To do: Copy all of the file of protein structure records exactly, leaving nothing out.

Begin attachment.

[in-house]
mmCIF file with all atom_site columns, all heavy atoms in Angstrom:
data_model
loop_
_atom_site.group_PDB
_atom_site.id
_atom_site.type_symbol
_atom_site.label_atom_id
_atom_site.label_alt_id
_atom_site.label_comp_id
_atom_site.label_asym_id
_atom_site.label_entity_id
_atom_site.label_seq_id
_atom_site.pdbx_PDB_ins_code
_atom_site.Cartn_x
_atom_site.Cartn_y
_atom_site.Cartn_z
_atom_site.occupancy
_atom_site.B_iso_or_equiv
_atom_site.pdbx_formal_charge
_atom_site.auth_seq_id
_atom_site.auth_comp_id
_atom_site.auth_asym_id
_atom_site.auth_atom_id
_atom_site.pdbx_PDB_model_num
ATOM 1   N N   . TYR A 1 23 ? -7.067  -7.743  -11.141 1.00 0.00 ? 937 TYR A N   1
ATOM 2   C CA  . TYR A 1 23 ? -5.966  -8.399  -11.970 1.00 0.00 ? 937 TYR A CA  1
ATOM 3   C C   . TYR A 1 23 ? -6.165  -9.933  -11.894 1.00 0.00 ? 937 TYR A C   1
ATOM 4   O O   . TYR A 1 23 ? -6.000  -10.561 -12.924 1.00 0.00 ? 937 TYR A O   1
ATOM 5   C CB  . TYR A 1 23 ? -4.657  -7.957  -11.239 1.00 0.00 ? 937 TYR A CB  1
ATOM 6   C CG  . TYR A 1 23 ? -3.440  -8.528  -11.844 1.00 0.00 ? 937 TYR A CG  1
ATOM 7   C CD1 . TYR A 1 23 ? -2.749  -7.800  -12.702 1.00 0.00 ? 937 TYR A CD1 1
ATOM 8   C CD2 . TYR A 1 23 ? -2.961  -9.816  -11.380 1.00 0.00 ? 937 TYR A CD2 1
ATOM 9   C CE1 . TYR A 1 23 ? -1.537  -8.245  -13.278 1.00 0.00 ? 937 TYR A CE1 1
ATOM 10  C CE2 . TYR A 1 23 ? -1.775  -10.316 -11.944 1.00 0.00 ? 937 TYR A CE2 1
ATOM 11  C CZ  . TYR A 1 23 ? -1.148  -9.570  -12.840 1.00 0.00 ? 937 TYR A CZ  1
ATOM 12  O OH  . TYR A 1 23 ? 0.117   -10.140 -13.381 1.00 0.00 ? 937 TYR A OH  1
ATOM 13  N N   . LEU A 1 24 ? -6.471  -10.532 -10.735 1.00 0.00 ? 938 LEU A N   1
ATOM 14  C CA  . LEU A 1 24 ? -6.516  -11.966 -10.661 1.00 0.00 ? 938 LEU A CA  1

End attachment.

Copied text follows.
[in-house]
mmCIF file with all atom_site columns, all heavy atoms in Angstrom:
data_model
loop_
_atom_site.group_PDB
_atom_site.id
_atom_site.type_symbol
_atom_site.label_atom_id
_atom_site.label_alt_id
_atom_site.label_comp_id
_atom_site.label_asym_id
_atom_site.label_entity_id
_atom_site.label_seq_id
_atom_site.pdbx_PDB_ins_code
_atom_site.Cartn_x
_atom_site.Cartn_y
_atom_site.Cartn_z
_atom_site.occupancy
_atom_site.B_iso_or_equiv
_atom_site.pdbx_formal_charge
_atom_site.auth_seq_id
_atom_site.auth_comp_id
_atom_site.auth_asym_id
_atom_site.auth_atom_id
_atom_site.pdbx_PDB_model_num
ATOM 1   N N   . TYR A 1 23 ? -7.067  -7.743  -11.141 1.00 0.00 ? 937 TYR A N   1
ATOM 2   C CA  . TYR A 1 23 ? -5.966  -8.399  -11.970 1.00 0.00 ? 937 TYR A CA  1
ATOM 3   C C   . TYR A 1 23 ? -6.165  -9.933  -11.894 1.00 0.00 ? 937 TYR A C   1
ATOM 4   O O   . TYR A 1 23 ? -6.000  -10.561 -12.924 1.00 0.00 ? 937 TYR A O   1
ATOM 5   C CB  . TYR A 1 23 ? -4.657  -7.957  -11.239 1.00 0.00 ? 937 TYR A CB  1
ATOM 6   C CG  . TYR A 1 23 ? -3.440  -8.528  -11.844 1.00 0.00 ? 937 TYR A CG  1
ATOM 7   C CD1 . TYR A 1 23 ? -2.749  -7.800  -12.702 1.00 0.00 ? 937 TYR A CD1 1
ATOM 8   C CD2 . TYR A 1 23 ? -2.961  -9.816  -11.380 1.00 0.00 ? 937 TYR A CD2 1
ATOM 9   C CE1 . TYR A 1 23 ? -1.537  -8.245  -13.278 1.00 0.00 ? 937 TYR A CE1 1
ATOM 10  C CE2 . TYR A 1 23 ? -1.775  -10.316 -11.944 1.00 0.00 ? 937 TYR A CE2 1
ATOM 11  C CZ  . TYR A 1 23 ? -1.148  -9.570  -12.840 1.00 0.00 ? 937 TYR A CZ  1
ATOM 12  O OH  . TYR A 1 23 ? 0.117   -10.140 -13.381 1.00 0.00 ? 937 TYR A OH  1
ATOM 13  N N   . LEU A 1 24 ? -6.471  -10.532 -10.735 1.00 0.00 ? 938 LEU A N   1
ATOM 14  C CA  . LEU A 1 24 ? -6.516  -11.966 -10.661 1.00 0.00 ? 938 LEU A CA  1